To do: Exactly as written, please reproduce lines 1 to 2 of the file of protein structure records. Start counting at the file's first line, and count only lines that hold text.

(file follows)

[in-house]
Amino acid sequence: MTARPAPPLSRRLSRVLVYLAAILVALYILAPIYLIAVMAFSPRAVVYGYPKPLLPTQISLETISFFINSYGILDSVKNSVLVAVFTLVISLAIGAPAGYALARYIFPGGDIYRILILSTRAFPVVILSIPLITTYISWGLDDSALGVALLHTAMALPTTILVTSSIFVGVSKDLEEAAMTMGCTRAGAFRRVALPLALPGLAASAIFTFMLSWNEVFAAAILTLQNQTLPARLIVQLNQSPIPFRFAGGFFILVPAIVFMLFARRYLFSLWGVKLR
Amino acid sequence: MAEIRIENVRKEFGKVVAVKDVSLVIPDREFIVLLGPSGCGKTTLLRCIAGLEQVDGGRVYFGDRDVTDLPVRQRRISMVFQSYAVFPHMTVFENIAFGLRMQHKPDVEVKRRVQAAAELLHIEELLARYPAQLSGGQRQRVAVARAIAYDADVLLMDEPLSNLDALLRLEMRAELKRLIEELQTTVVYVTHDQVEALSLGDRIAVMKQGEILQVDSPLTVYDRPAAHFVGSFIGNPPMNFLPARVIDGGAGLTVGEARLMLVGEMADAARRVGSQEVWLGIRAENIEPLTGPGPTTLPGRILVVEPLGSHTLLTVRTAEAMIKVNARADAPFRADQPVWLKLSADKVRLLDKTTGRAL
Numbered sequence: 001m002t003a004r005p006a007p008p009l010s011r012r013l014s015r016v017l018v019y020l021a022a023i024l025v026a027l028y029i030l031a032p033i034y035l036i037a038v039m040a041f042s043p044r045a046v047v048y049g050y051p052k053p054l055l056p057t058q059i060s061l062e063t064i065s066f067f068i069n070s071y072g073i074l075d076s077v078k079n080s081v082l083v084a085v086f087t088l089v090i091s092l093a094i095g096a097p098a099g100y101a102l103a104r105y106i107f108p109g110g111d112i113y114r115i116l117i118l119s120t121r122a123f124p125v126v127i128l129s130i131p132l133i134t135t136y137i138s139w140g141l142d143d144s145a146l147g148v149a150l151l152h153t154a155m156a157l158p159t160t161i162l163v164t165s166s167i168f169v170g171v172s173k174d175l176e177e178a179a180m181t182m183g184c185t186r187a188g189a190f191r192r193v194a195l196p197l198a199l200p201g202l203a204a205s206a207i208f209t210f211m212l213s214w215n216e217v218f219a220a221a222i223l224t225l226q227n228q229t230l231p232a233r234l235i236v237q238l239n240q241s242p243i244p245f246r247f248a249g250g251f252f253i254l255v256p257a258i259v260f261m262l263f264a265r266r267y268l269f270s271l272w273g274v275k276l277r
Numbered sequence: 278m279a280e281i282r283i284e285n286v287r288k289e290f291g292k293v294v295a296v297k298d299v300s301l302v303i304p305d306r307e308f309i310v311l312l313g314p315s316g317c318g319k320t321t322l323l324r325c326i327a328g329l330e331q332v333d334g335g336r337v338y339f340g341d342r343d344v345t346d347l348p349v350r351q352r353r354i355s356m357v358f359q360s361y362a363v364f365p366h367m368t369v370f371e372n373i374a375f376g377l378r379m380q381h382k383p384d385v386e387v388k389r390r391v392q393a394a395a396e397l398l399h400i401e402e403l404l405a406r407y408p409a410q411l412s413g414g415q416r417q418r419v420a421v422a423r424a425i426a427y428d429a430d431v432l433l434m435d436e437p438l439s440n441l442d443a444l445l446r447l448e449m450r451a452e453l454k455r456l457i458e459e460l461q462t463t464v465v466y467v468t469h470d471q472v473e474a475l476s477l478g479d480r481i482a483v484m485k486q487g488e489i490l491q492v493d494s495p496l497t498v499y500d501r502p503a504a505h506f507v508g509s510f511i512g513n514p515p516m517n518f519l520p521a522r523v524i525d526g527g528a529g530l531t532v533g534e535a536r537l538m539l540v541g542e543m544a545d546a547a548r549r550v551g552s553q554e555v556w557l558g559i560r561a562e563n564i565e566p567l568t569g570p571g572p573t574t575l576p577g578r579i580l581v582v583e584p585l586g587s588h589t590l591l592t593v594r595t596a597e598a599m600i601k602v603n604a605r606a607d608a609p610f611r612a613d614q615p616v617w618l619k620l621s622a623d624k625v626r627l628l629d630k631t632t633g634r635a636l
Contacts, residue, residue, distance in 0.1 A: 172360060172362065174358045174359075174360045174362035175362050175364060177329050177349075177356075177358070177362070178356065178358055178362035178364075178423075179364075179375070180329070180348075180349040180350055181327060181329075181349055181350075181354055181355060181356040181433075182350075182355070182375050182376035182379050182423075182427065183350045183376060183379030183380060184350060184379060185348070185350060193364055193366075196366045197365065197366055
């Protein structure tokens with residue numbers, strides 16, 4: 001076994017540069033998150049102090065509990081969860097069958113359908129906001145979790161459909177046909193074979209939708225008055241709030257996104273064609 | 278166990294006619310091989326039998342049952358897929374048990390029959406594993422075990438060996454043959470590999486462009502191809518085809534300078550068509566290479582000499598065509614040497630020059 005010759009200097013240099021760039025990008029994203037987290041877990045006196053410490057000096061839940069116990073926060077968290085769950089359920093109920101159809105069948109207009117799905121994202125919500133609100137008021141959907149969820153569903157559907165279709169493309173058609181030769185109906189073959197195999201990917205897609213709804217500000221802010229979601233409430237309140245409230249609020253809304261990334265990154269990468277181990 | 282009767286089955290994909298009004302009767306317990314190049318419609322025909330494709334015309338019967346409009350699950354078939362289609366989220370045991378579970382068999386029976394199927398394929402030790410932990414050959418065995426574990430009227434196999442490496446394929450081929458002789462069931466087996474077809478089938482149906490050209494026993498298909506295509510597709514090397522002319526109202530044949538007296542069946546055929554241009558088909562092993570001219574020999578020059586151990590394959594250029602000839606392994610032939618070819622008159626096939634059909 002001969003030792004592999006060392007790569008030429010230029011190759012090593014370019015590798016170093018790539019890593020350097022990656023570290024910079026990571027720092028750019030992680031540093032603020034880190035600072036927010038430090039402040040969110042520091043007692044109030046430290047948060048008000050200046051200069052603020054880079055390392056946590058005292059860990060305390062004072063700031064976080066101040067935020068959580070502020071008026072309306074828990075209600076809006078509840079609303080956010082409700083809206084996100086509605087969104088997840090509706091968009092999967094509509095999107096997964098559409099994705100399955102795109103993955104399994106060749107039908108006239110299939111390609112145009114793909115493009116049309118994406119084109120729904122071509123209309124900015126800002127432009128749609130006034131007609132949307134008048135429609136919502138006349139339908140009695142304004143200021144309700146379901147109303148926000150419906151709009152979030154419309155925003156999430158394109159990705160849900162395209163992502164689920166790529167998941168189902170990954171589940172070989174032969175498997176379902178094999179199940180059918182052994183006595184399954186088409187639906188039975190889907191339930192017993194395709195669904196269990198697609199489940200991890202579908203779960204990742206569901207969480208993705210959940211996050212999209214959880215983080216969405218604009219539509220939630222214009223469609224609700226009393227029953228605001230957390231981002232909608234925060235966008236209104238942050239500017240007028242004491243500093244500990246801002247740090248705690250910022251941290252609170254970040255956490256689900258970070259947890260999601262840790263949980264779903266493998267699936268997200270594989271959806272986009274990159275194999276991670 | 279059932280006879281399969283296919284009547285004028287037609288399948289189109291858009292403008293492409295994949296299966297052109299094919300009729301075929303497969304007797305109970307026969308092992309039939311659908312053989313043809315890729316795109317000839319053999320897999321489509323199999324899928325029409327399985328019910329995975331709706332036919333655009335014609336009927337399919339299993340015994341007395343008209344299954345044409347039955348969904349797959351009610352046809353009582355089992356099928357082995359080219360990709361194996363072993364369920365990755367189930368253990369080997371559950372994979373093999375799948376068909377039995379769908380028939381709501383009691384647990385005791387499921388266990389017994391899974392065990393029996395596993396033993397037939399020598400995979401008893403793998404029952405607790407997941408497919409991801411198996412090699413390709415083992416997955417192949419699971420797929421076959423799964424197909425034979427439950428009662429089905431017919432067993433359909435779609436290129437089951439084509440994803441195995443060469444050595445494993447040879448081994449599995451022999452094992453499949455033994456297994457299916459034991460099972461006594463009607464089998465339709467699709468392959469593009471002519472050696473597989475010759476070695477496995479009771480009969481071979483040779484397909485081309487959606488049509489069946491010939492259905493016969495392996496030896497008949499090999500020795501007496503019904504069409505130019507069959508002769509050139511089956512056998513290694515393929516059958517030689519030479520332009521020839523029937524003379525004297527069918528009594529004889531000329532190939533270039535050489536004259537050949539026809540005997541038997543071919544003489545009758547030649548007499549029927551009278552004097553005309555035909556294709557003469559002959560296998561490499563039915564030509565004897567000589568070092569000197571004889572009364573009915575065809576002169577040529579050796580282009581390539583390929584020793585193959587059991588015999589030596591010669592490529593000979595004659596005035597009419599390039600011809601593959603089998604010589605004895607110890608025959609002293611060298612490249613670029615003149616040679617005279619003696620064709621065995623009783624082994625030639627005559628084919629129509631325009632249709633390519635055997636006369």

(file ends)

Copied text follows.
[in-house]
Amino acid sequence: MTARPAPPLSRRLSRVLVYLAAILVALYILAPIYLIAVMAFSPRAVVYGYPKPLLPTQISLETISFFINSYGILDSVKNSVLVAVFTLVISLAIGAPAGYALARYIFPGGDIYRILILSTRAFPVVILSIPLITTYISWGLDDSALGVALLHTAMALPTTILVTSSIFVGVSKDLEEAAMTMGCTRAGAFRRVALPLALPGLAASAIFTFMLSWNEVFAAAILTLQNQTLPARLIVQLNQSPIPFRFAGGFFILVPAIVFMLFARRYLFSLWGVKLR